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What to do if you receive an unemployment benefit overpayment notice

Some Washington residents are getting unemployment overpayment notices for various reasons while trying to get benefits during the pandemic.

SEATTLE — Some people applying for unemployment benefits in Washington are discovering they owe the state money from the last time they received unemployment.

Generally, overpayment notices have been occurring for one of two reasons.

A lot of unemployment fraud victims are receiving overpayment notices saying they owe the state money. However, the state’s Employment Security Department (ESD) said you can ignore those notices if you are truly a victim of fraud.

The other reason is that some people are discovering that they owe the state money because they were overpaid the last time they received Washington unemployment benefits. If this is the case, the state will take what you owe out of your unemployment checks.

RELATED: 5 tips for victims of unemployment fraud and others applying for benefits in Washington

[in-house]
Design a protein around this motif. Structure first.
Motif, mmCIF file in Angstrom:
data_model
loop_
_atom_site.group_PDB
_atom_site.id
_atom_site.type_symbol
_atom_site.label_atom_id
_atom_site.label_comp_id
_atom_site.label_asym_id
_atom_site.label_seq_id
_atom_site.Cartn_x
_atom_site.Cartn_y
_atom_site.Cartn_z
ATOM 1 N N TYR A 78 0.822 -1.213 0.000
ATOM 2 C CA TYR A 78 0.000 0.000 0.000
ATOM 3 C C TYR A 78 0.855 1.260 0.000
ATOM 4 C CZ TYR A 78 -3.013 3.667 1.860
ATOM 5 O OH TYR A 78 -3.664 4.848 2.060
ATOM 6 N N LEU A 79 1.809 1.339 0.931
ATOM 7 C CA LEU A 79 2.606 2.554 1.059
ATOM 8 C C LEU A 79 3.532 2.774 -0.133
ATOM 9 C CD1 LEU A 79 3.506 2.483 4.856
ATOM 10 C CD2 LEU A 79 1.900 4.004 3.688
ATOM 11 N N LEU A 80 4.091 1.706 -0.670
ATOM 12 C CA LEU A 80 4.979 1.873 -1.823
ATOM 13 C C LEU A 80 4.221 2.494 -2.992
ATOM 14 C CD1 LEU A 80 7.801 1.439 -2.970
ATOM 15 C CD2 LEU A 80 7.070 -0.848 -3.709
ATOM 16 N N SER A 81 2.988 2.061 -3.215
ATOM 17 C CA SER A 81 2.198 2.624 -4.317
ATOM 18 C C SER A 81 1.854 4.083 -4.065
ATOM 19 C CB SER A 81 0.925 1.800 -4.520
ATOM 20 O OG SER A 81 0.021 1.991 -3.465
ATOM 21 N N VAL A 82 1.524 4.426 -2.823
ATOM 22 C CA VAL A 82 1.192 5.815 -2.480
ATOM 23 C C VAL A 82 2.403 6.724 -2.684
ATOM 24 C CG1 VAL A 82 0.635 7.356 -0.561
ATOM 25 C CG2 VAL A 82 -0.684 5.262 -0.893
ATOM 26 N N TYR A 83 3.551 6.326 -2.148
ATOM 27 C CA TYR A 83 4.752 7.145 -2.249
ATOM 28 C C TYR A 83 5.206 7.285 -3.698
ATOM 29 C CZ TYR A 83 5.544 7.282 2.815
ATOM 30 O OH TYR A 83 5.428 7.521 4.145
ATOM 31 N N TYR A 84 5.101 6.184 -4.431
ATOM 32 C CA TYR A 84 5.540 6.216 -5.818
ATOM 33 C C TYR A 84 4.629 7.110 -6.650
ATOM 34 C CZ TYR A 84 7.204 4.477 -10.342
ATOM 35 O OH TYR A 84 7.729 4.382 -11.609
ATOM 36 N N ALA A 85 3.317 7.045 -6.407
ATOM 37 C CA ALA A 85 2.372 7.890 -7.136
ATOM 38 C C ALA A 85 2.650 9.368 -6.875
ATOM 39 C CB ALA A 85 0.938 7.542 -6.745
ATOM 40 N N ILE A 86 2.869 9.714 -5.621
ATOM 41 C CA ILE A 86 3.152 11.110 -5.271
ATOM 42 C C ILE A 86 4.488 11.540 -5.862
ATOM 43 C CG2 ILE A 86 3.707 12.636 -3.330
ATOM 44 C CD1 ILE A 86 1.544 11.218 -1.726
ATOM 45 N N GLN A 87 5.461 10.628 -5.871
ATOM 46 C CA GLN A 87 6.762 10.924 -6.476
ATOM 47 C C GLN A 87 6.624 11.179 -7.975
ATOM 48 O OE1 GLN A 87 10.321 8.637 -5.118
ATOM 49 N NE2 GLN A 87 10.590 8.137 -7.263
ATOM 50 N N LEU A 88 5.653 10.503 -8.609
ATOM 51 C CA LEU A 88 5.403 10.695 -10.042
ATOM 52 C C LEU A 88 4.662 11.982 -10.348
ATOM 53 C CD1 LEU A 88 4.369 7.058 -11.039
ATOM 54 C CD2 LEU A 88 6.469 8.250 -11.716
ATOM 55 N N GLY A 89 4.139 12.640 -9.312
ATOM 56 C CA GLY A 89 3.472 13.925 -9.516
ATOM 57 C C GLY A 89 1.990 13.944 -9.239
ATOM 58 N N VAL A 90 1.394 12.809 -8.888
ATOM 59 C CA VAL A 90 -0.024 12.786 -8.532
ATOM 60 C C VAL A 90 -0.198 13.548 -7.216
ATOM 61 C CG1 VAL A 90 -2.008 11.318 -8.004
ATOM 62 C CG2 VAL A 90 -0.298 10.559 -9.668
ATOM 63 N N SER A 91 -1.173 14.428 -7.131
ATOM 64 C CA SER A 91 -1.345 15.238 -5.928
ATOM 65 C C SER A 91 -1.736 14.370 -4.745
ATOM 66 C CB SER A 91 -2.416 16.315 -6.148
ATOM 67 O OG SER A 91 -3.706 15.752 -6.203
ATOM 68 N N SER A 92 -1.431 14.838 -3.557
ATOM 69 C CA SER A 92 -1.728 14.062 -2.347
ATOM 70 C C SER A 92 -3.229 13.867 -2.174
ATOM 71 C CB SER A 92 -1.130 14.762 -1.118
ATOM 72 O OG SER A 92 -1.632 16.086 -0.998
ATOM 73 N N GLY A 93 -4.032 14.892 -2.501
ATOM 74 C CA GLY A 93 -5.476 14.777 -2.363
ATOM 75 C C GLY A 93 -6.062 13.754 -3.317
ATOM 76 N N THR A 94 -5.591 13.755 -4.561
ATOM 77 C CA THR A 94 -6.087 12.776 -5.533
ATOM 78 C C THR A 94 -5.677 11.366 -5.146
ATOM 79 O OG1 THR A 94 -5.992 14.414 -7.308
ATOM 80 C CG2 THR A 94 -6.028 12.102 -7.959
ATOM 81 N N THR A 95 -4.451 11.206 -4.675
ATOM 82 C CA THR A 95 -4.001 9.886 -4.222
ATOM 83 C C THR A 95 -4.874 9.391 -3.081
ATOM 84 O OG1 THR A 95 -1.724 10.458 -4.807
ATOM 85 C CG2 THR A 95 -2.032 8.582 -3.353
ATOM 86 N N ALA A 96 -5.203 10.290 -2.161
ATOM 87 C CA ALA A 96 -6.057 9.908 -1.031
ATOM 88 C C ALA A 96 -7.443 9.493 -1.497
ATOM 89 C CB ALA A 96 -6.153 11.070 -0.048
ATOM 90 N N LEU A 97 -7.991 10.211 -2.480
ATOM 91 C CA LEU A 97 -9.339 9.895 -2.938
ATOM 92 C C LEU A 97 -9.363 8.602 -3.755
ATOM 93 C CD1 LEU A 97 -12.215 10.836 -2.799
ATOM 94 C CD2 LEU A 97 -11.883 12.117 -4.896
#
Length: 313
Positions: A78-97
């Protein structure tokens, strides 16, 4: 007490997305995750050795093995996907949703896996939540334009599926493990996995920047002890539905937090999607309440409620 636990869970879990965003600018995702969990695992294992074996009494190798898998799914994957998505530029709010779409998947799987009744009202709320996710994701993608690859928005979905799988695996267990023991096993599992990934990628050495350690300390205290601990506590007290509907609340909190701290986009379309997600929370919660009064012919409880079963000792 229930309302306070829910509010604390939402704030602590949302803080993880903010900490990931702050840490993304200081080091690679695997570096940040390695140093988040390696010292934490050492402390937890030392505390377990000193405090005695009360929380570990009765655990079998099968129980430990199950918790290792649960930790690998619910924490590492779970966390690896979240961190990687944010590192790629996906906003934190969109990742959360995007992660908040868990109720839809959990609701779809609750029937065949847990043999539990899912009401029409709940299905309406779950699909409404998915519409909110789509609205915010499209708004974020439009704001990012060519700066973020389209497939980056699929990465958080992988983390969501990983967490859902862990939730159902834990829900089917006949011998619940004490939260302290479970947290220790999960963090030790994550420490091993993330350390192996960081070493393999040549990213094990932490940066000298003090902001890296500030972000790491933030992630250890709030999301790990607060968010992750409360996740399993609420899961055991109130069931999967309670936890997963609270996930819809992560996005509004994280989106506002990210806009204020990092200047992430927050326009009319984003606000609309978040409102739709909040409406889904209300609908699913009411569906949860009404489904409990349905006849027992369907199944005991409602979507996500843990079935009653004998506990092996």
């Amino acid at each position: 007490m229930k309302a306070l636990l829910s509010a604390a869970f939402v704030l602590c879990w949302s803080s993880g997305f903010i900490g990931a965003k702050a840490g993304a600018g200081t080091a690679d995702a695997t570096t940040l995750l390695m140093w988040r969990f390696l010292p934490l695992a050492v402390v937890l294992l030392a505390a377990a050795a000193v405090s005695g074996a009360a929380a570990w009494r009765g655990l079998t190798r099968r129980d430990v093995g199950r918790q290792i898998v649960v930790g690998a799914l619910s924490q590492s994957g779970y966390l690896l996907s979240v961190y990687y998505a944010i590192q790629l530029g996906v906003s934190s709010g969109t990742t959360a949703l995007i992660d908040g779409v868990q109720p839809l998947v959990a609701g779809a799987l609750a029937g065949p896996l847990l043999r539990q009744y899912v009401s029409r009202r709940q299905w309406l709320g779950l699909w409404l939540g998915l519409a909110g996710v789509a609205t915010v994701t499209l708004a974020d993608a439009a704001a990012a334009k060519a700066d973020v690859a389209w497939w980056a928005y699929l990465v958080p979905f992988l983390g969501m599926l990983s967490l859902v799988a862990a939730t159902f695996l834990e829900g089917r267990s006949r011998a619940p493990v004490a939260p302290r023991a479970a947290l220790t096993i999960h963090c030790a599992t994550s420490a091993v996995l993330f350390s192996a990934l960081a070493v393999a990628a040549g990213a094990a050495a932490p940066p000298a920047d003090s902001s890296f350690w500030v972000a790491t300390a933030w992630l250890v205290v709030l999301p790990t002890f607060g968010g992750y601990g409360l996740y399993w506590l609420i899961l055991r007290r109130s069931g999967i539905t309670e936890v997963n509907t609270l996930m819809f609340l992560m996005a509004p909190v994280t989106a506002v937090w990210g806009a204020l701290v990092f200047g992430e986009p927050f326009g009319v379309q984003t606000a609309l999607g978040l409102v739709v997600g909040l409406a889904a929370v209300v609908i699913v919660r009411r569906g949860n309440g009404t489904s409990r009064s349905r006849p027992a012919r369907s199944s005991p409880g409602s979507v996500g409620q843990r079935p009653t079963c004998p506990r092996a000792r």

But what if you cannot afford for the state to take the owed money from the unemployment checks? The ESD said it is being very lenient about the issue. ESD Commissioner Suzi LeVine said you can make small payment plans for as little as $1 so you’re still getting paid every week from the state.

“It could be $1, it could be $5, it can be $15,” said LeVine. “Over time, we want to help people get to the point where they're able to Pay off the overpayment debt that they have, and have had many conversations with individuals about leniency on this front. So, we're very open, and we understand that people are in a very challenging time.”

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Several KING 5 viewers have said the state has been charging interest on their overpayments. Some people have asked why the state doesn’t forgo collecting overpayments right now during the pandemic? LeVine said the state is responsible for collecting the money but said it will work with residents on repayment plans.

In the meantime, roughly 40,000 people could have their unemployment claims resolved by Friday, June 19. These are people who were getting paid, but then had their benefits completely stopped while the ESD investigated fraud.

MORE: Your Money, Your Future

Do you have a question or concern about money during the coronavirus pandemic? Email us at money@king5.com.